Why Was This Study Done?
As part of its strategy to reduce the global burden of tuberculosis, the World Health Organization (WHO) recommends standardized treatment regimens for tuberculosis. For re-treatment, WHO recommends an 8-month course of isoniazid, rifampin, and ethambutol with pyrazinamide and streptomycin added for the first 3 and 2 months, respectively. All these drugs are given daily (the preferred regimen) or three times a week. Unfortunately, although this regimen is now used to treat about 1 million patients each year, it yields poor results, particularly in regions where drug resistance is common. In this study (which was commissioned by WHO to provide the evidence needed for a revision of its treatment guidelines), the researchers undertake a systematic review (a search using specific criteria to identify relevant research studies, which are then appraised) and a meta-analysis (a statistical approach that pools the results of several studies) of randomized trials and cohort studies (two types of study that investigate the efficacy of medical interventions) of re-treatment regimens in previously treated tuberculosis patients, and in patients with infection that was resistant to isoniazid (“mono-resistance”).
What Did the Researchers Do and Find?
The researchers' systematic search for published reports of randomized trials and cohort studies of the currently recommended re-treatment regimen identified no relevant randomized trials and only six cohort studies. In the three cohort studies in which the participants carried M. tuberculosis strains that were sensitive to all the antibiotics in the regimen, failure rates were generally low. However, in the studies in which the participants carried drug-resistant bacteria, failure rates ranged from 9% to 45%. The researchers also identified and analyzed the results of nine trials in which several re-treatment regimens, all of which deviated from the standardized regimen, were used in previously treated patients with isoniazid mono-resistance. In these trials, the combined failure and relapse rates ranged from 0% to more than 75%. Finally, the researchers analyzed the pooled results of 33 trials that investigated the effect of various regimens on nearly 2,000 patients (some receiving their first treatment for tuberculosis, some being re-treated) with isoniazid mono-resistance. This meta-analysis showed that lower relapse, failure, and acquired drug resistance rates were associated with longer duration of rifampicin treatment, use of streptomycin, daily therapy early in the treatment, and regimens that included a greater number of drugs to which the M. tuberculosis carried by the patient were sensitive.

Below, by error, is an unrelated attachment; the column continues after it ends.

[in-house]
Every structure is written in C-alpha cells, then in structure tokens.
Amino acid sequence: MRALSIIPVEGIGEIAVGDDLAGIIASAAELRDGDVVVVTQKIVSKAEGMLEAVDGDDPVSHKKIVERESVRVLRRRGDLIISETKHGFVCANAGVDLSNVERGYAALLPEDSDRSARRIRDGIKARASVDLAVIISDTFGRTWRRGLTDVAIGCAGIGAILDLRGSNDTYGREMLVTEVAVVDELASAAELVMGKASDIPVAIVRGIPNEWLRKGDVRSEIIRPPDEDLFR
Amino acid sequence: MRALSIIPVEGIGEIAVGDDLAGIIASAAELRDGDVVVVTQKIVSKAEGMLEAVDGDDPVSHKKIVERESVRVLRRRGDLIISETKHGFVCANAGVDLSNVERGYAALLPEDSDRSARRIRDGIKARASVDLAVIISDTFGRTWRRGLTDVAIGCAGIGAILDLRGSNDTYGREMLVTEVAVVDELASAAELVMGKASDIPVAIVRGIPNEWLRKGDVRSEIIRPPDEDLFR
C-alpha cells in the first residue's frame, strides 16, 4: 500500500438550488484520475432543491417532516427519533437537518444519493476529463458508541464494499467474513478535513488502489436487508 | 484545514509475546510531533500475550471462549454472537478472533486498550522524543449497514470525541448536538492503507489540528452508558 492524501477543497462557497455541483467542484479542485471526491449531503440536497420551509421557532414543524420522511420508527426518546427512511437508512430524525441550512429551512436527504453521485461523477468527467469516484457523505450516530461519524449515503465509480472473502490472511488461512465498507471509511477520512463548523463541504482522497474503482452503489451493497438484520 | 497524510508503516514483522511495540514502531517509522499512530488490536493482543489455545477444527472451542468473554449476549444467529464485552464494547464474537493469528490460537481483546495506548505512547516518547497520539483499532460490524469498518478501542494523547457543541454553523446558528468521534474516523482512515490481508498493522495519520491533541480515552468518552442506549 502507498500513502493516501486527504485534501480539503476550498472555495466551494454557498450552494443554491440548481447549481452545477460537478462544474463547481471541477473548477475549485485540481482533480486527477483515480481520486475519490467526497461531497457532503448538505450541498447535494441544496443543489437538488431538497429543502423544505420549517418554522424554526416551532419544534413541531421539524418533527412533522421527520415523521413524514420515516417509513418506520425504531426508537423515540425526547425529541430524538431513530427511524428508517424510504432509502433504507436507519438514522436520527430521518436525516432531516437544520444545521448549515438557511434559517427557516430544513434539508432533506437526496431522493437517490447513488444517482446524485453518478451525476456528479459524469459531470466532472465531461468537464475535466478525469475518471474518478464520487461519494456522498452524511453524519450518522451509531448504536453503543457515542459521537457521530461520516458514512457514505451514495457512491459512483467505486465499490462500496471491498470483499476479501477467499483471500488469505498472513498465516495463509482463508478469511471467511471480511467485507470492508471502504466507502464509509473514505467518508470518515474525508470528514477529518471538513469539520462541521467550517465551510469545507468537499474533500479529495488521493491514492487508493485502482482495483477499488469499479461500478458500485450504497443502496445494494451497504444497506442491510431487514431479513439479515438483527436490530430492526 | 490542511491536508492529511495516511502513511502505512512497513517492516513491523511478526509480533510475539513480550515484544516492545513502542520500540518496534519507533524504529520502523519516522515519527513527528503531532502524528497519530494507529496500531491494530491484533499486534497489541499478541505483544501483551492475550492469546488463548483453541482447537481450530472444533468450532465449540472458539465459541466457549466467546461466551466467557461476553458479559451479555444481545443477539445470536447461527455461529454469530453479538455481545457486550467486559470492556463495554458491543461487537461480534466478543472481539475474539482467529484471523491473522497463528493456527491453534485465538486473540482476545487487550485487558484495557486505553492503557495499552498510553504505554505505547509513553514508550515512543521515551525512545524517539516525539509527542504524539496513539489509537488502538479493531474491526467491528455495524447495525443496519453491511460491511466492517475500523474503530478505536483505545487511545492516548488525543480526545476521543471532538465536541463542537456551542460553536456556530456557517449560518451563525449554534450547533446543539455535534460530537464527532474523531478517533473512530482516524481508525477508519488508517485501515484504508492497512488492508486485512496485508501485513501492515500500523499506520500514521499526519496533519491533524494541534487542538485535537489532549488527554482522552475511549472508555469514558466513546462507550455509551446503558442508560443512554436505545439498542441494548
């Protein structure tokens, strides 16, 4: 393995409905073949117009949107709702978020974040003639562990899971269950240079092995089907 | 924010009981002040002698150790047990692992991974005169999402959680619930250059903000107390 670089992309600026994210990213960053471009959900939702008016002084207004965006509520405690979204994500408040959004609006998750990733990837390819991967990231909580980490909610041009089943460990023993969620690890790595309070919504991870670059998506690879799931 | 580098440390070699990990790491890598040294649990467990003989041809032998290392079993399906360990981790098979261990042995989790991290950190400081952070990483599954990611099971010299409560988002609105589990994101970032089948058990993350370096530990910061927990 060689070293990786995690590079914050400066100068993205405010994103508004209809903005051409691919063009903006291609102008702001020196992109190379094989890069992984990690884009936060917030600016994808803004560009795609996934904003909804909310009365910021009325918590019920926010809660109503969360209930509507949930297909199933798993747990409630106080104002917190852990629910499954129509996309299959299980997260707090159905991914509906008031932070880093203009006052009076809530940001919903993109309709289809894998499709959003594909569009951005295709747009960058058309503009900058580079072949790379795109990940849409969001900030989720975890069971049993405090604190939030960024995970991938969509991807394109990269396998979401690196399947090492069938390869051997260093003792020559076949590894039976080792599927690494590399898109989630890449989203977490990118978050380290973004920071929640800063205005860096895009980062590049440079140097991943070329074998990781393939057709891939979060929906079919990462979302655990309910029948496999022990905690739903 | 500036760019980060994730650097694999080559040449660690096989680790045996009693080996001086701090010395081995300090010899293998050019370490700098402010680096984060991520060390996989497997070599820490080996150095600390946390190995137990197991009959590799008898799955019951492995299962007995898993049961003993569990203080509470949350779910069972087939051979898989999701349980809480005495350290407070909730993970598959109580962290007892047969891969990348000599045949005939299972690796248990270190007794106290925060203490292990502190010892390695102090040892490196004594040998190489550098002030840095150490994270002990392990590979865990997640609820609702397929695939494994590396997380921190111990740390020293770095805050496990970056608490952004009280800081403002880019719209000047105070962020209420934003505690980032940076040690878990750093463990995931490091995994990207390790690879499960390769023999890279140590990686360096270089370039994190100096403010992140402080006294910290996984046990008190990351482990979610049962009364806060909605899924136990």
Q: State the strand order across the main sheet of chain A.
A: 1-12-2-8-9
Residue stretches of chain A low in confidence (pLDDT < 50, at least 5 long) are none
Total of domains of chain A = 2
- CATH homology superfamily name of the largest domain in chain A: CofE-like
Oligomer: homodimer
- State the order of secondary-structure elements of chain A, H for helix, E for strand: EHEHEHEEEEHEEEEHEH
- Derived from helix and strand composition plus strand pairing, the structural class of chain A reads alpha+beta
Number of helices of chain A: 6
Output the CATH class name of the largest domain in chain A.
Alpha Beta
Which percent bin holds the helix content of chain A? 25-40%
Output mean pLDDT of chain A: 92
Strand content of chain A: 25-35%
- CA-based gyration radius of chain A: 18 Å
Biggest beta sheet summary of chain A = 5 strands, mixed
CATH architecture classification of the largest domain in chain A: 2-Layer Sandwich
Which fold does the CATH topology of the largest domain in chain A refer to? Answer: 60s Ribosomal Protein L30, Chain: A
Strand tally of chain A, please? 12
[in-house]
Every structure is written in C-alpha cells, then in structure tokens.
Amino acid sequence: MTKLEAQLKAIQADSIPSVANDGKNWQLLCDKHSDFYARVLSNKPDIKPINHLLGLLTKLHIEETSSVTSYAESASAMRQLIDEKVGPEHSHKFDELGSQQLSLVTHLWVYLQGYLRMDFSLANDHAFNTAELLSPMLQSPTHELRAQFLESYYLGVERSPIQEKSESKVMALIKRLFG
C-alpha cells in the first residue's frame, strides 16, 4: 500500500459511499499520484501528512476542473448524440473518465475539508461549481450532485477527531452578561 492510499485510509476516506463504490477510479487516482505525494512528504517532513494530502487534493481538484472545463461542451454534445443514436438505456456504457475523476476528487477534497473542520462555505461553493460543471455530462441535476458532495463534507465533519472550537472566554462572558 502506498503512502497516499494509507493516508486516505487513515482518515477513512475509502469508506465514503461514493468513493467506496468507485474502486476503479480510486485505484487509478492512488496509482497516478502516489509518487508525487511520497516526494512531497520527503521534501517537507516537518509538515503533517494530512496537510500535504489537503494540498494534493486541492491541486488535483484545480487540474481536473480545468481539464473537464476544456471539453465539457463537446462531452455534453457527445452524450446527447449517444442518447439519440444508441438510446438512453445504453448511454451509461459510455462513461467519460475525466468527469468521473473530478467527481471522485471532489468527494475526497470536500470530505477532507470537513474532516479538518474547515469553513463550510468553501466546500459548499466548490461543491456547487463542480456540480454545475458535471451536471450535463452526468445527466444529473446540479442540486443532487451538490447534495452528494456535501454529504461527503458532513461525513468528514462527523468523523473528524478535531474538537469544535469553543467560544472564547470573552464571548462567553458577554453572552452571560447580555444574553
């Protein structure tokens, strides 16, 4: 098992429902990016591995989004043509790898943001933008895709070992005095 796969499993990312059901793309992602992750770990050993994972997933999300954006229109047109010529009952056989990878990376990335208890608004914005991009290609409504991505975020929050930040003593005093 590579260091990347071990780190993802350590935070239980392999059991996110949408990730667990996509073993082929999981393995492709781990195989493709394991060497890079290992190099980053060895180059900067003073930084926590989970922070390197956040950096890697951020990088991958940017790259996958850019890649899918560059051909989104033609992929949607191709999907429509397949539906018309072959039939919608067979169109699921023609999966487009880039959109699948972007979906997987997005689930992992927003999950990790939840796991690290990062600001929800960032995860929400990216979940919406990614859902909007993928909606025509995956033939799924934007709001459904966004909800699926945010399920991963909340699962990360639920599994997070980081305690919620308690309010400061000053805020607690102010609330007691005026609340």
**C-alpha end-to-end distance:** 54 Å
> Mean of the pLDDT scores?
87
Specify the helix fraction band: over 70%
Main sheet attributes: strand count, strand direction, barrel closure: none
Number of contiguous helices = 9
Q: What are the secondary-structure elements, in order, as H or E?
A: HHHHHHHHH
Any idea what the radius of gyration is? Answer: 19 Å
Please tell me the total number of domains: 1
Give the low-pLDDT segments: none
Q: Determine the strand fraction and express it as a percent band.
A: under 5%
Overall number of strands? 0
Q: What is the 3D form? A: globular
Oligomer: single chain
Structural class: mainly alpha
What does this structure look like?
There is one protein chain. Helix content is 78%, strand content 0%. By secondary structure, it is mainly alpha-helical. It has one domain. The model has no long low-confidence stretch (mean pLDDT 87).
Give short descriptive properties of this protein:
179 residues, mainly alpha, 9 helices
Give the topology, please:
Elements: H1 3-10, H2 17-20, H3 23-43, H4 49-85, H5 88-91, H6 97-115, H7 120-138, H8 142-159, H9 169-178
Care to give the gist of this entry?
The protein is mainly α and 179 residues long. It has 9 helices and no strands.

What Do These Findings Mean?
These findings reveal that there is very little published evidence that supports the regimen currently recommended by WHO for the re-treatment of tuberculosis. Furthermore, this limited body of evidence is a patchwork of results gleaned from a few cohort studies and a set of randomized trials not specifically designed to test the efficacy of the standardized regimen. There is an urgent need, therefore, for a concerted international effort to initiate randomized trials of potential treatment regimens in both previously untreated and previously treated patients with all forms of drug-resistant tuberculosis. Because these trials will take some time to complete, the limited findings of the meta-analysis presented here may be used in the meantime to redesign and, hopefully, improve the current standardized re-treatment regimen. In fact, the revised WHO TB treatment guidelines will provide updated recommendations for patients with previously treated TB.
Additional Information
Please access these Web sites via the online version of this summary at http://dx.doi.org/10.1371/journal.pmed.1000150.
The results of another WHO-commissioned study into the treatment of tuberculosis are presented in a separate PLoS Medicine Research Article by Menzies et al. (Menzies D, Benedetti A, Paydar A, Martin I, Royce S, et al. (2009) Effect of Duration and Intermittency of Rifampin on Tuberculosis Treatment Outcomes: A Systematic Review and Meta-Analysis. PLoS Med 6(9): e1000146.)
The US National Institute of Allergy and Infectious Diseases provides information on all aspects of tuberculosis
The American Thoracic Society, US Centers for Disease Control and Prevention, and Infectious Diseases Society of America offer guidelines on TB treatment
The US Centers for Disease Control and Prevention provide several facts sheets and other information resources about tuberculosis
The 2003 (2004 revision) WHO guidelines for national programs for the treatment of tuberculosis are available; WHO also provides information on efforts to reduce the global burden of tuberculosis (in several languages) and its 2009 annual report on global control of tuberculosis describes the current situation (key points are available in several languages)
The WHO publishes guidelines on TB treatment
For guidelines on drug susceptibility testing (DST) and other information on TB diagnostic tests, the Stop TB Partnership's New Diagnostics Working Group has created a new Web site called Evidence-Based Tuberculosis Diagnosis
doi:10.1371/journal.pmed.1000150
PMCID: PMC2736403  PMID: 20101802
12.  Effect of Duration and Intermittency of Rifampin on Tuberculosis Treatment Outcomes: A Systematic Review and Meta-Analysis